sinking fortune

Spain just spent $680 million on a submarine that can’t swim

May 21, 2013
May 21, 2013
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The S-80, clearly computer-generated.(Navartia)

One of Spain’s largest defense splurges may also be one of its most embarrassing. After spending nearly one-third of a $3 billion budget to build four of the world’s most advanced submarines, the project’s engineers have run into a problem: the submarines are so heavy that they would sink to the bottom of the ocean.

Miscalculations by engineers at Navantia, the construction company contracted to build the S-80 submarine fleet, have produced submarines that are each as much as 100 tonnes (110 US tonnes) too heavy. The excess weight sounds paltry compared to the 2,000-plus tonnes (2,205 US tonnes) that each submarine weighs, but it’s more than enough to send the submarines straight to the ocean’s floor.

Given the mistake, Spain is going to have to choose between two costly fixes: slimming the submarines down, or elongating them to compensate for the extra fat. All signs point to the latter, which will be anything but a breeze—adding length will still require redesigning the entire vessel. And more money on top of the $680 million already spent.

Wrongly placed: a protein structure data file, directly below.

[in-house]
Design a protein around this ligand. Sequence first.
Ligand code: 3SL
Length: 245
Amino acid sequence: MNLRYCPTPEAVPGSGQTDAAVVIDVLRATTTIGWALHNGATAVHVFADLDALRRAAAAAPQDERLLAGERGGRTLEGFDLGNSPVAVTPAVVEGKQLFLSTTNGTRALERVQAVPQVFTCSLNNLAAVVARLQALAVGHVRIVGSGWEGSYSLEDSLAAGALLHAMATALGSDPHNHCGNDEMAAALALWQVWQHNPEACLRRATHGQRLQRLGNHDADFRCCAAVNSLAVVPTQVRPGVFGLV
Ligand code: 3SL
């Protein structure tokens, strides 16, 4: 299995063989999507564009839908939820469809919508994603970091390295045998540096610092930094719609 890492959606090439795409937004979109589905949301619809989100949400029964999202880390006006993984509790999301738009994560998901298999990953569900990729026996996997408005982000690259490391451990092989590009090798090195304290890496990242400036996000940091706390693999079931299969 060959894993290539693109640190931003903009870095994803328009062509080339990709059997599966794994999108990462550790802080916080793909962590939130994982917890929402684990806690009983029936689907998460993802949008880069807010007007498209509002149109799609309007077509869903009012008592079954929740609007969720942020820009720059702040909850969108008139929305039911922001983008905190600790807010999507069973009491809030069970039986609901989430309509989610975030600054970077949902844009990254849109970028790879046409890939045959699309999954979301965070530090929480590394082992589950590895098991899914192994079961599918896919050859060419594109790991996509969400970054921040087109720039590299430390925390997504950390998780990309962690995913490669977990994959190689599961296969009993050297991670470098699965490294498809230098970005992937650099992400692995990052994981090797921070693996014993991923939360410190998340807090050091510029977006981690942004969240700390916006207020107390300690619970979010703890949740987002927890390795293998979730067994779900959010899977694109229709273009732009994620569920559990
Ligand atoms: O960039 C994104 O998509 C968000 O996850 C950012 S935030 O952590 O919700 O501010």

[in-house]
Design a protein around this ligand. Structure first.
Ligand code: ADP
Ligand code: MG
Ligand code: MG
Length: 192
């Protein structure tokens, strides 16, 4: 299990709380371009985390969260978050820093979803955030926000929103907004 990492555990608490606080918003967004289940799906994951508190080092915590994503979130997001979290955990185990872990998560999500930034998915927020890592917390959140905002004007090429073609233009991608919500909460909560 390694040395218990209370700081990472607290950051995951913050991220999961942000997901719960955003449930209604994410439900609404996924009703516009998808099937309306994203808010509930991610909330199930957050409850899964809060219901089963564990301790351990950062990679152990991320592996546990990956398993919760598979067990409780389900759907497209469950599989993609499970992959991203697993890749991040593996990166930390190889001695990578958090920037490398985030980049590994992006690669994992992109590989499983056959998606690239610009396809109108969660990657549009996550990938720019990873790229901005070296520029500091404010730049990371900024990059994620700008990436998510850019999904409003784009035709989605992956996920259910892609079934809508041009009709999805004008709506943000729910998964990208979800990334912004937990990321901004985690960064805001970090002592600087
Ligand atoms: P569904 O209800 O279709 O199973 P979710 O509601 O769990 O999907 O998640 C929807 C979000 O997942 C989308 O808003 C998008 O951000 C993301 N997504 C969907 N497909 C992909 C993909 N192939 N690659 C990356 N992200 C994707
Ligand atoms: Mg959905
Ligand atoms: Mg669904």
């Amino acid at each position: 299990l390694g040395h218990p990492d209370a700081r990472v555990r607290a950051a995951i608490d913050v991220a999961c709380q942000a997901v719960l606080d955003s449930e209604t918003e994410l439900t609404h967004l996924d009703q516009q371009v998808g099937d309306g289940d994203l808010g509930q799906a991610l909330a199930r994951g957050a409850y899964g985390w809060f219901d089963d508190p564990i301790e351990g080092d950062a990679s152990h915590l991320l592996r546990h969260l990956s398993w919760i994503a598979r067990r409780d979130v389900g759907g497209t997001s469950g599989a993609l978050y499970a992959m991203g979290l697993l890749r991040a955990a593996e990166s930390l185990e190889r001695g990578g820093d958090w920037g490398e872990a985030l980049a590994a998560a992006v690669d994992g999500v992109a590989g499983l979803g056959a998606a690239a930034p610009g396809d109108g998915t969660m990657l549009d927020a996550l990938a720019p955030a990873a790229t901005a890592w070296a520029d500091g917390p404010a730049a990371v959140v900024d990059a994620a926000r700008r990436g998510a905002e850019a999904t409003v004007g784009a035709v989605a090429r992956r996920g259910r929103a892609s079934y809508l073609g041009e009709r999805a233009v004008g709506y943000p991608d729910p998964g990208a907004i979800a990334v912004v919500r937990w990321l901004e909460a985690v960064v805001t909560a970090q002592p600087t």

Spain’s defense ministry, the government arm responsible for overseeing the project, has yet to say how much the setback will cost in both time and money. But Navantia has already estimated that its mistake will set the project back at least one or, more likely, two years. And the Spanish edition of European news site The Local reported that each additional meter added to the S-80s, already 71 meters in length, will cost over $9 million.

It’s a costly mistake on many fronts. The state-of-the-art submarines were meant to be the first entirely Spanish-designed and built. Incompetence is likely going to cost the country at least some of the glory. Electric Boat, a subsidiary of US-based technology firm General Dynamics, has already evaluated the project and could be hired as a consultant to save the job.

Another bailout for Spain. This is getting all too familiar.

Read: Why Argentina isn’t sharing its famous steaks anymore

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